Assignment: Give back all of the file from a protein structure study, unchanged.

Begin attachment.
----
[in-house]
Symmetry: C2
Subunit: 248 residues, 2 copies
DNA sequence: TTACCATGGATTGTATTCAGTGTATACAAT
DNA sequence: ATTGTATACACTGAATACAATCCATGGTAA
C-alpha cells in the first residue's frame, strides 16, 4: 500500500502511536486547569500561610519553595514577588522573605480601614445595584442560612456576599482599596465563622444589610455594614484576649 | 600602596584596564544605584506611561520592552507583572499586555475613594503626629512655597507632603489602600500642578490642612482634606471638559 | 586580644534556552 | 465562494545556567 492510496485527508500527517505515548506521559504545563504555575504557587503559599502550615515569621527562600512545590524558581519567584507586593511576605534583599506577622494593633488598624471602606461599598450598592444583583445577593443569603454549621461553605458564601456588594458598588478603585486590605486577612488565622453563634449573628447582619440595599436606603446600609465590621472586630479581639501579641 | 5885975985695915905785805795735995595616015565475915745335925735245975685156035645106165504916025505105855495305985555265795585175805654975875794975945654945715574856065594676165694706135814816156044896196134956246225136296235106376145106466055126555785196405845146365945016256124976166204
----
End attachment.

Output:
[in-house]
Symmetry: C2
Subunit: 248 residues, 2 copies
DNA sequence: TTACCATGGATTGTATTCAGTGTATACAAT
DNA sequence: ATTGTATACACTGAATACAATCCATGGTAA
C-alpha cells in the first residue's frame, strides 16, 4: 500500500502511536486547569500561610519553595514577588522573605480601614445595584442560612456576599482599596465563622444589610455594614484576649 | 600602596584596564544605584506611561520592552507583572499586555475613594503626629512655597507632603489602600500642578490642612482634606471638559 | 586580644534556552 | 465562494545556567 492510496485527508500527517505515548506521559504545563504555575504557587503559599502550615515569621527562600512545590524558581519567584507586593511576605534583599506577622494593633488598624471602606461599598450598592444583583445577593443569603454549621461553605458564601456588594458598588478603585486590605486577612488565622453563634449573628447582619440595599436606603446600609465590621472586630479581639501579641 | 5885975985695915905785805795735995595616015565475915745335925735245975685156035645106165504916025505105855495305985555265795585175805654975875794975945654945715574856065594676165694706135814816156044896196134956246225136296235106376145106466055126555785196405845146365945016256124976166204